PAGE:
Jay Winner awarded “2017 Non-Point Source Award” from Colorado Watershed Assembly

From The Pueblo Chieftain:

General Manager Jay Winner of the Lower Arkansas Water Conservancy District received the prestigious 2017 Non-Point Source Award at the Colorado Watershed Assembly Conference in Avon, Colorado on last month.

He was honored for his outstanding work on multiple non-point source projects as well as being the only person to combine water quality with water quantity. These projects include, but are not limited to: 2,000 acres of Best Management Practices (BMP), Soil Health, Pond Sealing, Canal Lining, Riparian Buffer Zone, Fallowing, and Dry Up.

The conference, displaying best practices for watershed plans and rivers across Colorado, acknowledged the Arkansas River for the first time in years. This conference provided an opportunity for the Arkansas River Valley farmers, producers, agencies, and other interested parties to be recognized for their efforts in water quality and quantity.

Winner thanked the Lower Ark staff and the cooperation of farmers, as these projects would not be possible without any of them.

View of runoff, also called nonpoint source pollution, from a farm field in Iowa during a rain storm. Topsoil as well as farm fertilizers and other potential pollutants run off unprotected farm fields when heavy rains occur. (Credit: Lynn Betts/U.S. Department of Agriculture, Natural Resources Conservation Service/Wikimedia Commons)

“Building #solar and #wind farms has started to become a cheaper proposition than running aging #coal and #nuclear generators” — Bloomberg

Graph showing the decline in costs for large lithium ion batteries in US dollars per kilowatt-hour (kWh), 2006-2016. Graphic via the Climate Reality Project.

From Bloomberg (Naureen S Malik):

Building solar and wind farms has started to become a cheaper proposition than running aging coal and nuclear generators in parts of the U.S., according to financial adviser Lazard Ltd.

Take wind: Building and operating a utility-scale farm costs $30 to $60 a megawatt-hour over its lifetime, and that can drop to as low as $14 when factoring in subsidies, according an annual analysis that Lazard’s been performing for a decade. Meanwhile, just keeping an existing coal plant running can cost $26 to $39 and a nuclear one $25 to $32.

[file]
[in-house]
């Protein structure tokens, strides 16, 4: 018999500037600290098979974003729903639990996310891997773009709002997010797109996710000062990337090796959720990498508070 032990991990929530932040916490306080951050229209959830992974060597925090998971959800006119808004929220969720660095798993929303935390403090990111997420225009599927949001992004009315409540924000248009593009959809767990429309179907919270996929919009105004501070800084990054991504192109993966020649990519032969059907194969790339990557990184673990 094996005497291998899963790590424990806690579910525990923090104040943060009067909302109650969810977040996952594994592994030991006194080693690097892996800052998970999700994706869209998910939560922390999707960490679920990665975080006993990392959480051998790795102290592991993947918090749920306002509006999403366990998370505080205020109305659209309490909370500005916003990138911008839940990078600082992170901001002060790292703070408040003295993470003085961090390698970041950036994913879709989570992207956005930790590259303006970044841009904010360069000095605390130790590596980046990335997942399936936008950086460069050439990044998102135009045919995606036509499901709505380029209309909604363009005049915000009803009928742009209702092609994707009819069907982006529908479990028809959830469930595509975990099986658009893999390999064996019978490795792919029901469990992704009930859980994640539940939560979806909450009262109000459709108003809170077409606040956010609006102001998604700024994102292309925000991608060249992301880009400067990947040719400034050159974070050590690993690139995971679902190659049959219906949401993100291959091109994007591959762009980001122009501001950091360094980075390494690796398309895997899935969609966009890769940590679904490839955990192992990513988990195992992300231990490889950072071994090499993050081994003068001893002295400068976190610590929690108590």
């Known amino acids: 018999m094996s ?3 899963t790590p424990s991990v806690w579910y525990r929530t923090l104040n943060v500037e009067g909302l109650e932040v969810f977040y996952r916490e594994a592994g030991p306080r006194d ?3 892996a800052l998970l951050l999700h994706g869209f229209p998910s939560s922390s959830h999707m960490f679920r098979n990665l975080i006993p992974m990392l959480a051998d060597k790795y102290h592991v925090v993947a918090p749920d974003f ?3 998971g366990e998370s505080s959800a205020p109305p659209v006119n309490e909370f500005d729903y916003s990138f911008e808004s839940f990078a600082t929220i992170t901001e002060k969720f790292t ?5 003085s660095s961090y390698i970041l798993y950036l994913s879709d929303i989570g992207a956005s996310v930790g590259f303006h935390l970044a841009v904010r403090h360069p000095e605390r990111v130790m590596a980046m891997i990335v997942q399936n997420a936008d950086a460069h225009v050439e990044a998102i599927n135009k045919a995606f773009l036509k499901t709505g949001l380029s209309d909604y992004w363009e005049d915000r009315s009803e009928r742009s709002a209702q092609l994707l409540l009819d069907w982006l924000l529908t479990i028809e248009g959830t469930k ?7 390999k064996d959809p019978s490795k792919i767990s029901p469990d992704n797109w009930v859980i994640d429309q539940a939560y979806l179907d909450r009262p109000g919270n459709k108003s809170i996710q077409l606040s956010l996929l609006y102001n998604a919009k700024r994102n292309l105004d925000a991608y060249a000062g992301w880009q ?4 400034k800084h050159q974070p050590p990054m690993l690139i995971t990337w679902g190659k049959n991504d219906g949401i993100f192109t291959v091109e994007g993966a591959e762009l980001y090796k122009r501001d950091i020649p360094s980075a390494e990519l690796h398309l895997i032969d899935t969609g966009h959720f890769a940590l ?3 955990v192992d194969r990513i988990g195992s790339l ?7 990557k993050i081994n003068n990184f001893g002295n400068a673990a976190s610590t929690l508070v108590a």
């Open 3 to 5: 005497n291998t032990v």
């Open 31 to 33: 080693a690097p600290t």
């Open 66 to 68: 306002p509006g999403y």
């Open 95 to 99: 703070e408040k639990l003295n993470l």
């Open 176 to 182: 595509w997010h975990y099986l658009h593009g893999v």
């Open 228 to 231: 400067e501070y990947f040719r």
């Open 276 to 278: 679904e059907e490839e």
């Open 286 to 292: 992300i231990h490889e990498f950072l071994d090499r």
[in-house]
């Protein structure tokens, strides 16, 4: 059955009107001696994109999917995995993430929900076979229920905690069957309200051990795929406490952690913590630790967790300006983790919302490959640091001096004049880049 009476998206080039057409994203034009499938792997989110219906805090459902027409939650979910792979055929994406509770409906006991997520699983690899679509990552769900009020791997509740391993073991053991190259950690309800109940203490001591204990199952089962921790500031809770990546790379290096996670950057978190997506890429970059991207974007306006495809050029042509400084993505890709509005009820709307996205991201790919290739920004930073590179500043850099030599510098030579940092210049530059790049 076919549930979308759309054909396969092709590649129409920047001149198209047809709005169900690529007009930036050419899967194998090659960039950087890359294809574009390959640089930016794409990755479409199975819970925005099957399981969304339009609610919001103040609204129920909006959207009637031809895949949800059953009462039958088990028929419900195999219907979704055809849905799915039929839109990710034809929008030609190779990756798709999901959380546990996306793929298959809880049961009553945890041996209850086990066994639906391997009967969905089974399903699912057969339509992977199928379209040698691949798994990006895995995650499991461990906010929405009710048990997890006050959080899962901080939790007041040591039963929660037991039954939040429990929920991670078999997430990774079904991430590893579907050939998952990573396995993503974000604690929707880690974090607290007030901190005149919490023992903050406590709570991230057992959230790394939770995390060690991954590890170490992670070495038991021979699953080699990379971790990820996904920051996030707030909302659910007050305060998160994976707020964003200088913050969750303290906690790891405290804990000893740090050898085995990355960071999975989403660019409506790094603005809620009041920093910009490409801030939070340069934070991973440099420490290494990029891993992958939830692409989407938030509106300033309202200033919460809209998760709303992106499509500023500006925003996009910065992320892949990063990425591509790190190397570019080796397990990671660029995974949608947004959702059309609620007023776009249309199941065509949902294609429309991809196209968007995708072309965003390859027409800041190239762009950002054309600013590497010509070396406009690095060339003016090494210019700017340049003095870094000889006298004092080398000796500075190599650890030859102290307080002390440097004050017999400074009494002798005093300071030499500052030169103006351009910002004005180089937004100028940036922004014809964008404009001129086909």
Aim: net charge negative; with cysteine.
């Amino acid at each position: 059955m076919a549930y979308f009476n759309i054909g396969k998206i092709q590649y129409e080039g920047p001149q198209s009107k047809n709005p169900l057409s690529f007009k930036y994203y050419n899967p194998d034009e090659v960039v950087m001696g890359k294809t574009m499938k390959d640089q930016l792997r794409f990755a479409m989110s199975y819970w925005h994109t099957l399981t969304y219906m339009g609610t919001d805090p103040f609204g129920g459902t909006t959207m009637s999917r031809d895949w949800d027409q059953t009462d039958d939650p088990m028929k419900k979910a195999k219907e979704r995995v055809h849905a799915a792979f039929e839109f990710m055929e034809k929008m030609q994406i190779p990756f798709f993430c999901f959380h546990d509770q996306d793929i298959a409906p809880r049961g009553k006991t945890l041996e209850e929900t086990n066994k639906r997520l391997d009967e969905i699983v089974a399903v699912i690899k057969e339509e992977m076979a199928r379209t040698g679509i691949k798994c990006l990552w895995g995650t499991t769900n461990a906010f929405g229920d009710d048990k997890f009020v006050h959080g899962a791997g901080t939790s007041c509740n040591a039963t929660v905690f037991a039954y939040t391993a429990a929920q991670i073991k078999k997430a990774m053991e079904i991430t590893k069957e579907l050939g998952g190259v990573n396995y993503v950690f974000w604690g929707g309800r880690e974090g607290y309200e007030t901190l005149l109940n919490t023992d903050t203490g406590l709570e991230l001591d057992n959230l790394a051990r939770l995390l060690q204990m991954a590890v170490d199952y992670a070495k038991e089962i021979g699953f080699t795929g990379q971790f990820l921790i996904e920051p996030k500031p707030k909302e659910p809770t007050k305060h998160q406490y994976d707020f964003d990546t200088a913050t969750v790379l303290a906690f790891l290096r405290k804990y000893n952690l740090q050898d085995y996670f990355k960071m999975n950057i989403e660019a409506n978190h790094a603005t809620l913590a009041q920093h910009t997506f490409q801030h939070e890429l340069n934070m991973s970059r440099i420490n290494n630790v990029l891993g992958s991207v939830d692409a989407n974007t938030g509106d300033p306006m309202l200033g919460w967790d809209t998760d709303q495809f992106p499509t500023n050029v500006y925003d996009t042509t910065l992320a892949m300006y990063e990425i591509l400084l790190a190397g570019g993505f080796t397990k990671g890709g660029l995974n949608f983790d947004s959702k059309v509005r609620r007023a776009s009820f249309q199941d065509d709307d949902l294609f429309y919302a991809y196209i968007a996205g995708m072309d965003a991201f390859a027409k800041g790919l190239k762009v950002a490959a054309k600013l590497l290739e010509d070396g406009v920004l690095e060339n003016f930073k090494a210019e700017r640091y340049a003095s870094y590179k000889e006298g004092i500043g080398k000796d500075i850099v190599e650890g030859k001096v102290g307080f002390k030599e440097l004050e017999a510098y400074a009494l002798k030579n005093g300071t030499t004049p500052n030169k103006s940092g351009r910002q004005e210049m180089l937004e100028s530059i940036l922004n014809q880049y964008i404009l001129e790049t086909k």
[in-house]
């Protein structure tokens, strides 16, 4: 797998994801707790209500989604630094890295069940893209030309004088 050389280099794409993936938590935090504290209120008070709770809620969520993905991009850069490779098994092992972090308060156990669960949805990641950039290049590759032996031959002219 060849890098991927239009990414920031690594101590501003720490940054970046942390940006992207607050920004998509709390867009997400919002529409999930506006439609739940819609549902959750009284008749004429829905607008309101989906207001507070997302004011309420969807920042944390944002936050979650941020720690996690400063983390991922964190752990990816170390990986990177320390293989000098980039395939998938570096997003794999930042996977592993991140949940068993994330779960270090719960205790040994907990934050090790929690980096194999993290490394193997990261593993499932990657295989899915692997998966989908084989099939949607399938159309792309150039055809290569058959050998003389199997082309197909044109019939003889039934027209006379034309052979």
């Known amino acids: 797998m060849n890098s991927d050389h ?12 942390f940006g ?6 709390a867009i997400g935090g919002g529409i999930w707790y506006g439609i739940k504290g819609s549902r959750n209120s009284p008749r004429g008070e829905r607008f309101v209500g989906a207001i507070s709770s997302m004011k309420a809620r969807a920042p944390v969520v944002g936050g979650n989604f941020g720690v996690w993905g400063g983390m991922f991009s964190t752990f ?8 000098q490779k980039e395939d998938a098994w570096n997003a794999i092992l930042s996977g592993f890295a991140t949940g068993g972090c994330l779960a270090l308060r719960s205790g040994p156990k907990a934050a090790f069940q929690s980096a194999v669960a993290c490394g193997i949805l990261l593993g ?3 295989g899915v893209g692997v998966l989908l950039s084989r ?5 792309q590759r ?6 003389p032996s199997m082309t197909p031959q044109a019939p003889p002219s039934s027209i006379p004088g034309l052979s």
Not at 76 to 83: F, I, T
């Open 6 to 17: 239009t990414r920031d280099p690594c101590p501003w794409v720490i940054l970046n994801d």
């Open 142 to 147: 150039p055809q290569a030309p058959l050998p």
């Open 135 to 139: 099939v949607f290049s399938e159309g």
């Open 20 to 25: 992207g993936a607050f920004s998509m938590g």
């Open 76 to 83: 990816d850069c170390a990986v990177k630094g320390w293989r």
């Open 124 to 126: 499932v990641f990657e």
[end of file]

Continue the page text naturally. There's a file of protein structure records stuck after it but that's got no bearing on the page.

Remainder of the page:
Two years ago, “what was interesting to us was the lifetime cost of renewables on an energy basis reached parity with conventional resources in a bunch of geographies in the U.S.,” said Jonathan Mir, head of the North American power group at Lazard. “Now, what we are seeing is that renewable technologies on a fully loaded basis are beating” existing coal and nuclear plants in some regions.

The report by Lazard, whose estimates are widely used in the power sector as benchmarks, comes as President Donald Trump’s administration is vowing to stop the “war on coal” and put America’s miners back to work. Hundreds of power plants burning the fuel have shut in recent years amid escalating competition from natural gas, wind and solar. Energy Secretary Rick Perry has proposed rewarding coal and nuclear plants with extra payments for their dependability, touching off a national debate over the country’s future power mix.

“We still need, in a modern grid, fuel diversification and a diverse generation stack,” Mir said. “So someone has to think hard about how to organize this transition.”

National Climate Report: Q&A With Authors — @earthinstitute

Here’s the release from The Earth Institute at Columbia University (Kevin Krajick):

By law, every four years Congress is provided with a state-of-the-art report on the impacts of climate change on the United States. The next National Climate Assessment is scheduled for 2018, but its scientific findings were published today. The massive document was produced by 13 federal agencies including NASA, the Army Corps of Engineers and the Environmental Protection Agency, along with top university scientists, and approved by the National Academy of Sciences. Four of its 32 lead authors are affiliated with Columbia University; two of them speak below.

Among the report’s conclusions: